Field Crop Weed Identification and Control Series 2022

Event Details

Event Offers DEC Credits


February 2, 2022
February 16, 2022
February 23, 2022
March 2, 2022
March 9, 2022
March 16, 2022


12-1:00 pm




South Central New York Dairy & Field Crops

Janice Degni

February 2, 2022, Broadleaf Weed identification for crop production 12-1 pm (virtual) Bryan Brown NYSIPM.

Many of our most problematic weeds are broadleaf weeds. The best way to control them varies depending on the species, so it is imperative that weeds are identified correctly. In this session we'll go over some of the key distinguishing characteristics of the most problematic broadleaf weeds in NY field crops. For each species, we'll discuss some of the biology that makes it weedy and look for potential "Achilles heals" that can be exploited for management. We'll also review best practices for using smartphone weed ID apps.


NYSDEC credits: 1.0                                                                                                   CCA Credits:  1.0 PM

Registration Link


February 16, 2022, Grass Weed identification for crop production 12-1pm (virtual) Caroline Marschner, Ext. Assoc. Weed Ecology, Cornell

Identifying grass and grass-like weeds can be challenging but, is necessary for good weed management. During this program we will discuss what traits to look for when identifying grasses, go over some of the common  crop grass weeds, and share some resources for grass weed management.

NYSDEC credits: 1.0                                                                                                   CCA Credits:  1.0 PM

Registration Link


February 23, 2022,  Weed management in corn 12-1pm (virtual) Jeff Miller, Resource Educator, CCE Oneida County.

Weed control is an integral part of corn production. Cultural and chemical control methods should be   incorporated in an integrated approach to control weeds. Cultural practices like crop rotation, tillage, and cover crops will be discussed. Herbicide families (site of action) efficacy, timing of application will be discussed for annual grasses and broadleaf weeds, perennial grasses, perennial broad leaf weeds and herbicide resistant weeds.

NYSDEC credits: 1.0                                                                                    CCA credits 1.0 PM

Registration Link


March 2, 2022, Weed management in Soybeans 12-1pm (virtual) Mike Hunter, Regional field crop specialist,  CCE  North Country Regional Ag Team

Implementing integrated weed management practices in soybean production will be the focus of this presentation. Mike Hunter will share results from three years of on-farm soybean herbicides trials in New York State. He will provide the current status of herbicide resistant weeds in New York, and discuss effective herbicide resistant weed control strategies and how to manage resistant weeds on your farm.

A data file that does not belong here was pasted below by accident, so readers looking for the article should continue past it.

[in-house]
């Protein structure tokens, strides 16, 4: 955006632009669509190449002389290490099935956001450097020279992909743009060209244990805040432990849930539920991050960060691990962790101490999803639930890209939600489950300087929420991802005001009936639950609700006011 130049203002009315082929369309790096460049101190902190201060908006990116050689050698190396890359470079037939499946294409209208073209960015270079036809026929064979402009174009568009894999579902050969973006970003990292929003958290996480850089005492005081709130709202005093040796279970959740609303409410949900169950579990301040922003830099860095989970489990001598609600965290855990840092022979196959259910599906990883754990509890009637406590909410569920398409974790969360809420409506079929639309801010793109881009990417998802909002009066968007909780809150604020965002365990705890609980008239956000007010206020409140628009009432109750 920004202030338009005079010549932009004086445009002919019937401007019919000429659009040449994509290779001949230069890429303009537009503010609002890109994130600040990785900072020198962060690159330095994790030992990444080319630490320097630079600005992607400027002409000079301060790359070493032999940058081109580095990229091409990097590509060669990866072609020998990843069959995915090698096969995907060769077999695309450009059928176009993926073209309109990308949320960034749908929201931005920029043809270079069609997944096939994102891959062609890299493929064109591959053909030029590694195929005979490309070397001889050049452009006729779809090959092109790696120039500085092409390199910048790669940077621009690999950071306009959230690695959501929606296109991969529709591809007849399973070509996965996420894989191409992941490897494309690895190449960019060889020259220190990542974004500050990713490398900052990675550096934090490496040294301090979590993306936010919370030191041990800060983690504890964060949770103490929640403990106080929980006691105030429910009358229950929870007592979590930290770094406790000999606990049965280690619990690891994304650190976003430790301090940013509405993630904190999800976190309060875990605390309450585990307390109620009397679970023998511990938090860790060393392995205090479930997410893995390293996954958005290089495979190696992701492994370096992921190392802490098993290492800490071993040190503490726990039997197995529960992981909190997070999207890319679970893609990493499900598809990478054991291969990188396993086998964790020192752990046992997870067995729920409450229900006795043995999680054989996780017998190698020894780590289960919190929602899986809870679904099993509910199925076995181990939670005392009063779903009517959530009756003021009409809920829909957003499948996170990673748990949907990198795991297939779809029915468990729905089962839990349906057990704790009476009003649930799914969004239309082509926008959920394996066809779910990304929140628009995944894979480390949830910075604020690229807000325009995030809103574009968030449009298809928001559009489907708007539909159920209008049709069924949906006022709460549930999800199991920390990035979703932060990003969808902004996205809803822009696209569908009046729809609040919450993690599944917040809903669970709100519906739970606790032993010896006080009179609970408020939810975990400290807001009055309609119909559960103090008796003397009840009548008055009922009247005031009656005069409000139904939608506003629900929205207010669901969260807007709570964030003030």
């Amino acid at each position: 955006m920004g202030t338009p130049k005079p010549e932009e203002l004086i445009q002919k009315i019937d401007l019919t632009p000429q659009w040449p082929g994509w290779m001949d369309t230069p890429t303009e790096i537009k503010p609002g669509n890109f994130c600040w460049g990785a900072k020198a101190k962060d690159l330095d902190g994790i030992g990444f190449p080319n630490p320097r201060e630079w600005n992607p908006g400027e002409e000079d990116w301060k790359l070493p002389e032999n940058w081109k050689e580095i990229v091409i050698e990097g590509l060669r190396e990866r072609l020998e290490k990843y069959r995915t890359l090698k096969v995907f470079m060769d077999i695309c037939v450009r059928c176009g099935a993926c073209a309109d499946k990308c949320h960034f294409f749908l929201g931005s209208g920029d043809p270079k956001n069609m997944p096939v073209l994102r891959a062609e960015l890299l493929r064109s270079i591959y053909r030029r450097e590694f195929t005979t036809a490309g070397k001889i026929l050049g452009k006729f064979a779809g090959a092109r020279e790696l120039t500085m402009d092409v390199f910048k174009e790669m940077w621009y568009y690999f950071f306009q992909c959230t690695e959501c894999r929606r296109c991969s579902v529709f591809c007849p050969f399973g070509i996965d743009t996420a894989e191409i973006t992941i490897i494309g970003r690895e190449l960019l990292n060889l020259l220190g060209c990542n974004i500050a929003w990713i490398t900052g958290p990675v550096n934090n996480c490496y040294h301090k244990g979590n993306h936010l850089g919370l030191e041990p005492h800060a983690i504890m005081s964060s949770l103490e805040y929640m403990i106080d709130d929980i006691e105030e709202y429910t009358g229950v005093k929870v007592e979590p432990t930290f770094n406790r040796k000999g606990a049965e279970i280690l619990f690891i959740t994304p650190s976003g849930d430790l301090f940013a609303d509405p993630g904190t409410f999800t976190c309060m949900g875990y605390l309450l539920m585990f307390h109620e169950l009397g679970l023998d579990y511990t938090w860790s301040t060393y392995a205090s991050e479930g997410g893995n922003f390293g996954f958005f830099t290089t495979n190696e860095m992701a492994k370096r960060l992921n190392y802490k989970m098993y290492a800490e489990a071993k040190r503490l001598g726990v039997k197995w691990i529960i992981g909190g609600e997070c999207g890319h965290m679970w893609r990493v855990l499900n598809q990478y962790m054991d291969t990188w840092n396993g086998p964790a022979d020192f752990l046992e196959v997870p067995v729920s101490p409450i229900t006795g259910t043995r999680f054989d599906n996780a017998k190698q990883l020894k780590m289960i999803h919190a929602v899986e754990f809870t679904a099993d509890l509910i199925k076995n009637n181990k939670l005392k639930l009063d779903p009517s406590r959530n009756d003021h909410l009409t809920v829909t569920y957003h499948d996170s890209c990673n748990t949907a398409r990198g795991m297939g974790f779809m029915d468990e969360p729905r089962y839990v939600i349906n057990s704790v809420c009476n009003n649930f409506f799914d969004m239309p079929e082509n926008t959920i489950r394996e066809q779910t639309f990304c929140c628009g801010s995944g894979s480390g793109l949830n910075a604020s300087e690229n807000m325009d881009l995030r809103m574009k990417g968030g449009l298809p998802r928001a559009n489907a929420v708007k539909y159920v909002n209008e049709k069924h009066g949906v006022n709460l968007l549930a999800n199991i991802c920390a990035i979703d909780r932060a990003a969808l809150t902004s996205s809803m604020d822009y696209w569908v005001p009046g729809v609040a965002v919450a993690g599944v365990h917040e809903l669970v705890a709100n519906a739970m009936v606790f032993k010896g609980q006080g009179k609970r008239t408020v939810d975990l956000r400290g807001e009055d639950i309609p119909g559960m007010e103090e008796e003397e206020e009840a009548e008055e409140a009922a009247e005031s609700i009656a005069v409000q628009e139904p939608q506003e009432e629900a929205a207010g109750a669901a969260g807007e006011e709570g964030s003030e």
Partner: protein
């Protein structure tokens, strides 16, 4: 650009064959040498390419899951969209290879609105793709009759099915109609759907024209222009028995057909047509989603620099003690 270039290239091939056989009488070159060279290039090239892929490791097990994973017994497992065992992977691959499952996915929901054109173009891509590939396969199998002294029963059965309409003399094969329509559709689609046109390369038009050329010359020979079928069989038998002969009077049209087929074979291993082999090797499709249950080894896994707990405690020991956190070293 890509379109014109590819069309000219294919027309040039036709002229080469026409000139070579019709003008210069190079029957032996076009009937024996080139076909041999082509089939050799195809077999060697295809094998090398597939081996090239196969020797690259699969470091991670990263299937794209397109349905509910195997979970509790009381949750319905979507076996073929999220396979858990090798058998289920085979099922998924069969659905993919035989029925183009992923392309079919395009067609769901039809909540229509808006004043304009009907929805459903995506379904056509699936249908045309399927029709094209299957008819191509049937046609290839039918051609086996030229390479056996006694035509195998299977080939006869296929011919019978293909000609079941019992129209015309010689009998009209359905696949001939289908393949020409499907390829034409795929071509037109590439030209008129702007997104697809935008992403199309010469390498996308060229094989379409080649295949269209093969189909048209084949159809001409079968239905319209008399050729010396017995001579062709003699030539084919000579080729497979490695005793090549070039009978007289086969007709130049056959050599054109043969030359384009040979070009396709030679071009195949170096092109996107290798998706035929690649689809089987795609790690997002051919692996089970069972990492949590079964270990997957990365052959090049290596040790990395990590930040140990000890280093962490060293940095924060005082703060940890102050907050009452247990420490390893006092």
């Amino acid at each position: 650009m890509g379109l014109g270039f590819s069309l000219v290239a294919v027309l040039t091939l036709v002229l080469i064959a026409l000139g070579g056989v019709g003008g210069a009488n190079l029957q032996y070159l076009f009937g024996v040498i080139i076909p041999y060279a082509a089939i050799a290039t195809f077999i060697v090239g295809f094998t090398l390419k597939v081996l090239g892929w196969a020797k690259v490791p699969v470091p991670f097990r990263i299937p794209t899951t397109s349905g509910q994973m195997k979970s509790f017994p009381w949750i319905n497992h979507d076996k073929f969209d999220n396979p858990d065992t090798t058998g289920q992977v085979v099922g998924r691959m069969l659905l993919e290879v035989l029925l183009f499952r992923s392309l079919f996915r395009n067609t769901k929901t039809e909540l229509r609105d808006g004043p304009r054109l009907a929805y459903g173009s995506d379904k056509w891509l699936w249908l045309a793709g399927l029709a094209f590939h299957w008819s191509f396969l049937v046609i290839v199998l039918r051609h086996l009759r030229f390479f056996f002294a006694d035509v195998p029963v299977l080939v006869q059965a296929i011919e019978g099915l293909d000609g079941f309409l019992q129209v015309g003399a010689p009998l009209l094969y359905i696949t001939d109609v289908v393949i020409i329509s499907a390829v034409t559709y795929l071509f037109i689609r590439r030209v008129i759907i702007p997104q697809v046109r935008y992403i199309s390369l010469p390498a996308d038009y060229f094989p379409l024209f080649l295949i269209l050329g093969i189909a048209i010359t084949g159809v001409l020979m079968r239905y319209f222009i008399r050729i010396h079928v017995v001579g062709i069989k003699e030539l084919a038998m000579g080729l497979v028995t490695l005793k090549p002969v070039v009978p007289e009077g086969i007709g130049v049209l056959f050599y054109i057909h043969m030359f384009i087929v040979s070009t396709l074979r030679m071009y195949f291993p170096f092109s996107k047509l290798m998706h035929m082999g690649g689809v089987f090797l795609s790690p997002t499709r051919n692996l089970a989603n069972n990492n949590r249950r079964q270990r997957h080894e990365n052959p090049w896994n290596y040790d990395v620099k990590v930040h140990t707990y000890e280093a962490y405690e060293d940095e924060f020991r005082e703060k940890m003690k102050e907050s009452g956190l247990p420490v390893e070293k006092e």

NYSDEC credits:  1.0                                                                                  CCA credits 1.0 PM

Registration Link


March 9, 2022, Weed management in hay and pasture  12-1pm (virtual) Janice Degni, Team Leader and Field crops specialist, CCE SCNY regional team

Weed Control for Hay Crops and Pastures

This session will provide a review of cultural and chemical weed control practices for clear alfalfa or grass, mixed stands, and pasture.  It will include practices that give the hay species a competitive edge over weeds and herbicide options for different weed scenarios.  Common difficult to control weeds in pasture will be covered as well as improvement of older hay stands with weed invasions.

NYSDEC credits: 1.0                                                                                    CCA credits 1.0 PM

Registration Link


March 16, 2022, Alternative weed control and weed seed management  12-1pm (virtual) Lynn Sosnoskie, Asst. Prof. of weed ecology and specialty crop systems, Cornell

Weeds are a significant threat to crop production due to 1) competitive interactions that limit yield potential, 2) physical interference that reduces harvest efficiency, and 3) serving as an alternate host for pests and pathogens. The evolution of herbicide resistant weeds (in particular marestail/horseweed/Canada fleabane, Palmer amaranth, waterhemp) further complicates weed control efforts by limiting the utility of commonly applied chemical tools. This talk will focus on the current state of herbicide resistance in NY and the future of chemical weed control. Novel weed management strategies, such as harvest weed seed control (HWSC) and electrical weeding will be discussed and recent research updates provided. Best management practices for suppressing unwanted vegetation, including combine and equipment clean-out to limit seed spread, will also be presented.